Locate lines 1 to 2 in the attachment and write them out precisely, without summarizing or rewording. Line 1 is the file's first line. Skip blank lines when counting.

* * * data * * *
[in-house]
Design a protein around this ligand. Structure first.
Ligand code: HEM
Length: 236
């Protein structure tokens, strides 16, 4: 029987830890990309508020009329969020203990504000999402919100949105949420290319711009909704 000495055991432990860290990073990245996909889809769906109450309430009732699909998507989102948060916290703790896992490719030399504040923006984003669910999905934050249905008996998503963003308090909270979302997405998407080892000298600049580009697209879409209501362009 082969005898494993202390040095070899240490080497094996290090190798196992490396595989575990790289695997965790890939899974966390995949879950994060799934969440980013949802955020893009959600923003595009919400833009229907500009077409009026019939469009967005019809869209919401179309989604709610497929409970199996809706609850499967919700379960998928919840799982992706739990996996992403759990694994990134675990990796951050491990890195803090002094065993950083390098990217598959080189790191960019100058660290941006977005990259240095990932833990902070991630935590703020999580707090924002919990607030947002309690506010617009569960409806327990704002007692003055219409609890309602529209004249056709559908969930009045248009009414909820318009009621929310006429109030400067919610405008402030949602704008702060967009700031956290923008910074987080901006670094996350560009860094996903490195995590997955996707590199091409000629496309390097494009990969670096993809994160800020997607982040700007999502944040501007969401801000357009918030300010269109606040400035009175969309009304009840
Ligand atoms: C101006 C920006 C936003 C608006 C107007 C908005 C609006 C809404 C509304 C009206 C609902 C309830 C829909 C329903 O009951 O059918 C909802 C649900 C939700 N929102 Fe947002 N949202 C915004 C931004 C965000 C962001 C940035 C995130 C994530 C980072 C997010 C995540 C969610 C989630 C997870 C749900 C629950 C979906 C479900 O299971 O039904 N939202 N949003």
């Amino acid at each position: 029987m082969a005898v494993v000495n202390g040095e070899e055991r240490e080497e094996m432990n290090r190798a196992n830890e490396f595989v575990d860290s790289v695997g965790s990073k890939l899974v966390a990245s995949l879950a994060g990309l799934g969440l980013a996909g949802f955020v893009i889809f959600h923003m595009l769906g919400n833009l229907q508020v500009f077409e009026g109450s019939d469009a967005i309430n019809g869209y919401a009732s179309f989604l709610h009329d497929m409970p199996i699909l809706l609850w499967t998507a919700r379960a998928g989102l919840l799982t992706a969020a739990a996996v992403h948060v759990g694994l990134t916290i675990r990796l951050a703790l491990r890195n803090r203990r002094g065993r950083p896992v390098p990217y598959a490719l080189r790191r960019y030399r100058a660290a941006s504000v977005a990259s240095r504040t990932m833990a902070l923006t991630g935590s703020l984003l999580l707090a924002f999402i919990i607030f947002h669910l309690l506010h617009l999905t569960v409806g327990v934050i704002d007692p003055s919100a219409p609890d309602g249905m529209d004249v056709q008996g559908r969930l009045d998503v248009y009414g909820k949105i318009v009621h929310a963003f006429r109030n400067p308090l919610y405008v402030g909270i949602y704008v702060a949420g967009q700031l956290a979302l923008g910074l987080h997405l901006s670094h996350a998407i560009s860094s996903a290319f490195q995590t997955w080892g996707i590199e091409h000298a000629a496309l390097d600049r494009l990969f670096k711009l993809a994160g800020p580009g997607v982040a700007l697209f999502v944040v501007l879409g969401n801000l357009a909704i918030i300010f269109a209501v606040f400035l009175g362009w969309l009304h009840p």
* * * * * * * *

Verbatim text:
[in-house]
Design a protein around this ligand. Structure first.